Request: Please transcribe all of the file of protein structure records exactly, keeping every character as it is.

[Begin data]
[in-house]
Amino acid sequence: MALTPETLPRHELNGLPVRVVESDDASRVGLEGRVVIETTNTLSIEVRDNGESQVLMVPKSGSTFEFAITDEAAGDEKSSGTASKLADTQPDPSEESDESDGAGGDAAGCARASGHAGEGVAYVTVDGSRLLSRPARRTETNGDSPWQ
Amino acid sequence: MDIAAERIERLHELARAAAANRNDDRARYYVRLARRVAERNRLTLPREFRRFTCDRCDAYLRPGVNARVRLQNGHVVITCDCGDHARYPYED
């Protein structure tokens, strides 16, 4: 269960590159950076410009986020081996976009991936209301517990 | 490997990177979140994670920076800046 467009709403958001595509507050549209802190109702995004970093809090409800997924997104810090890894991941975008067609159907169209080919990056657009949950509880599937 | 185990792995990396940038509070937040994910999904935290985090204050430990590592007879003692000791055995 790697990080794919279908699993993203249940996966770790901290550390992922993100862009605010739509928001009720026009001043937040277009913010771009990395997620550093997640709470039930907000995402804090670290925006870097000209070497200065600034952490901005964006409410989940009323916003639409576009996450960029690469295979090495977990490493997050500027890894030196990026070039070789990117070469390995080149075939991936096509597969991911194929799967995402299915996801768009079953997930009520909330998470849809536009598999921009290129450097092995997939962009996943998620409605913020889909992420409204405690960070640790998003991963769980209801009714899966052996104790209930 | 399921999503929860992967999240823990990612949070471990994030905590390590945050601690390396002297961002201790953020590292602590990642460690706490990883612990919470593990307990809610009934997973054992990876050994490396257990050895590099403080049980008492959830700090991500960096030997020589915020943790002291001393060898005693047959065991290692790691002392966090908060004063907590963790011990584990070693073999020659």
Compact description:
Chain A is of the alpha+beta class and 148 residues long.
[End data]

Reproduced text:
[in-house]
Amino acid sequence: MALTPETLPRHELNGLPVRVVESDDASRVGLEGRVVIETTNTLSIEVRDNGESQVLMVPKSGSTFEFAITDEAAGDEKSSGTASKLADTQPDPSEESDESDGAGGDAAGCARASGHAGEGVAYVTVDGSRLLSRPARRTETNGDSPWQ
Amino acid sequence: MDIAAERIERLHELARAAAANRNDDRARYYVRLARRVAERNRLTLPREFRRFTCDRCDAYLRPGVNARVRLQNGHVVITCDCGDHARYPYED
């Protein structure tokens, strides 16, 4: 269960590159950076410009986020081996976009991936209301517990 | 490997990177979140994670920076800046 467009709403958001595509507050549209802190109702995004970093809090409800997924997104810090890894991941975008067609159907169209080919990056657009949950509880599937 | 185990792995990396940038509070937040994910999904935290985090204050430990590592007879003692000791055995 790697990080794919279908699993993203249940996966770790901290550390992922993100862009605010739509928001009720026009001043937040277009913010771009990395997620550093997640709470039930907000995402804090670290925006870097000209070497200065600034952490901005964006409410989940009323916003639409576009996450960029690469295979090495977990490493997050500027890894030196990026070039070789990117070469390995080149075939991936096509597969991911194929799967995402299915996801768009079953997930009520909330998470849809536009598999921009290129450097092995997939962009996943998620409605913020889909992420409204405690960070640790998003991963769980209801009714899966052996104790209930 | 399921999503929860992967999240823990990612949070471990994030905590390590945050601690390396002297961002201790953020590292602590990642460690706490990883612990919470593990307990809610009934997973054992990876050994490396257990050895590099403080049980008492959830700090991500960096030997020589915020943790002291001393060898005693047959065991290692790691002392966090908060004063907590963790011990584990070693073999020659």
Compact description:
Chain A is of the alpha+beta class and 148 residues long.